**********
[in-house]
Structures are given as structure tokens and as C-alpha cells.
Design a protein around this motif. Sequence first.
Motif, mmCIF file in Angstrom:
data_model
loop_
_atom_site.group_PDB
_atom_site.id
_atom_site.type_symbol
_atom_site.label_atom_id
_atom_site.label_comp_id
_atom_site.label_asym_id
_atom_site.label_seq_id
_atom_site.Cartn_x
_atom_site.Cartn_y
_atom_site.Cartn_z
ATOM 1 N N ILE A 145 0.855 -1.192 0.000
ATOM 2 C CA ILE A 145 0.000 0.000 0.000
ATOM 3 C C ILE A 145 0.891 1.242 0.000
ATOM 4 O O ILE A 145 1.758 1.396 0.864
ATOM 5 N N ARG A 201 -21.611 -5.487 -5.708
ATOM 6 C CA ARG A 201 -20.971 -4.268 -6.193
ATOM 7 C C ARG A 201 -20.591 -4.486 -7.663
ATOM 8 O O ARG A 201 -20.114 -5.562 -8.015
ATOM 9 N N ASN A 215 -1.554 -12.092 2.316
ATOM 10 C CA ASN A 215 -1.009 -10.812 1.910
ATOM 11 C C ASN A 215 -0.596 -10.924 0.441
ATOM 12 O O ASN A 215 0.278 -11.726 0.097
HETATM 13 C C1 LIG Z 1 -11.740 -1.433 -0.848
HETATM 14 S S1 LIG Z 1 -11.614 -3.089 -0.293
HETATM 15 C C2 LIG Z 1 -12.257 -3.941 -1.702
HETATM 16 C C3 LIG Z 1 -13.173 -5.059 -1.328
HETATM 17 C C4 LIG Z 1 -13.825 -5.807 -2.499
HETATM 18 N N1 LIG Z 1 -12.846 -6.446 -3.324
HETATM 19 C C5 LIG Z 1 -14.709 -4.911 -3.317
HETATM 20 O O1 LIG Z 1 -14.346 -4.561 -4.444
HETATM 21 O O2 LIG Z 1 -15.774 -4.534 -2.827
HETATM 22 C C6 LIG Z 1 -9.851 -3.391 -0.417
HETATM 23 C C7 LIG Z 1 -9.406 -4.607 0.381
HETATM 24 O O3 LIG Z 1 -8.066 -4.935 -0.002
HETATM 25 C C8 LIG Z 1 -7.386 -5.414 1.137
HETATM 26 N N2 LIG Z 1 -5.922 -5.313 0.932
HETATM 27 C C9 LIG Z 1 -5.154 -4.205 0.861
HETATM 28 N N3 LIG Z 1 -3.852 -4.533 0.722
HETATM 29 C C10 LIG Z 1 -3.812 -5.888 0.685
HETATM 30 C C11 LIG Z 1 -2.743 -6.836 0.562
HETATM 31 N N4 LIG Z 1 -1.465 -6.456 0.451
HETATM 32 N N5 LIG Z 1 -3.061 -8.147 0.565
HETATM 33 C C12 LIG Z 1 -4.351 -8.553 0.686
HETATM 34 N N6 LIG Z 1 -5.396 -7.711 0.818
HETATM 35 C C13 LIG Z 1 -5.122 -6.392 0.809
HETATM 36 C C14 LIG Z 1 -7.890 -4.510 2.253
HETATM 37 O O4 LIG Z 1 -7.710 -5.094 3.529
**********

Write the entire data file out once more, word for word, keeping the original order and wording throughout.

[in-house]
Structures are given as structure tokens and as C-alpha cells.
Design a protein around this motif. Sequence first.
Motif, mmCIF file in Angstrom:
data_model
loop_
_atom_site.group_PDB
_atom_site.id
_atom_site.type_symbol
_atom_site.label_atom_id
_atom_site.label_comp_id
_atom_site.label_asym_id
_atom_site.label_seq_id
_atom_site.Cartn_x
_atom_site.Cartn_y
_atom_site.Cartn_z
ATOM 1 N N ILE A 145 0.855 -1.192 0.000
ATOM 2 C CA ILE A 145 0.000 0.000 0.000
ATOM 3 C C ILE A 145 0.891 1.242 0.000
ATOM 4 O O ILE A 145 1.758 1.396 0.864
ATOM 5 N N ARG A 201 -21.611 -5.487 -5.708
ATOM 6 C CA ARG A 201 -20.971 -4.268 -6.193
ATOM 7 C C ARG A 201 -20.591 -4.486 -7.663
ATOM 8 O O ARG A 201 -20.114 -5.562 -8.015
ATOM 9 N N ASN A 215 -1.554 -12.092 2.316
ATOM 10 C CA ASN A 215 -1.009 -10.812 1.910
ATOM 11 C C ASN A 215 -0.596 -10.924 0.441
ATOM 12 O O ASN A 215 0.278 -11.726 0.097
HETATM 13 C C1 LIG Z 1 -11.740 -1.433 -0.848
HETATM 14 S S1 LIG Z 1 -11.614 -3.089 -0.293
HETATM 15 C C2 LIG Z 1 -12.257 -3.941 -1.702
HETATM 16 C C3 LIG Z 1 -13.173 -5.059 -1.328
HETATM 17 C C4 LIG Z 1 -13.825 -5.807 -2.499
HETATM 18 N N1 LIG Z 1 -12.846 -6.446 -3.324
HETATM 19 C C5 LIG Z 1 -14.709 -4.911 -3.317
HETATM 20 O O1 LIG Z 1 -14.346 -4.561 -4.444
HETATM 21 O O2 LIG Z 1 -15.774 -4.534 -2.827
HETATM 22 C C6 LIG Z 1 -9.851 -3.391 -0.417
HETATM 23 C C7 LIG Z 1 -9.406 -4.607 0.381
HETATM 24 O O3 LIG Z 1 -8.066 -4.935 -0.002
HETATM 25 C C8 LIG Z 1 -7.386 -5.414 1.137
HETATM 26 N N2 LIG Z 1 -5.922 -5.313 0.932
HETATM 27 C C9 LIG Z 1 -5.154 -4.205 0.861
HETATM 28 N N3 LIG Z 1 -3.852 -4.533 0.722
HETATM 29 C C10 LIG Z 1 -3.812 -5.888 0.685
HETATM 30 C C11 LIG Z 1 -2.743 -6.836 0.562
HETATM 31 N N4 LIG Z 1 -1.465 -6.456 0.451
HETATM 32 N N5 LIG Z 1 -3.061 -8.147 0.565
HETATM 33 C C12 LIG Z 1 -4.351 -8.553 0.686
HETATM 34 N N6 LIG Z 1 -5.396 -7.711 0.818
HETATM 35 C C13 LIG Z 1 -5.122 -6.392 0.809
HETATM 36 C C14 LIG Z 1 -7.890 -4.510 2.253
HETATM 37 O O4 LIG Z 1 -7.710 -5.094 3.529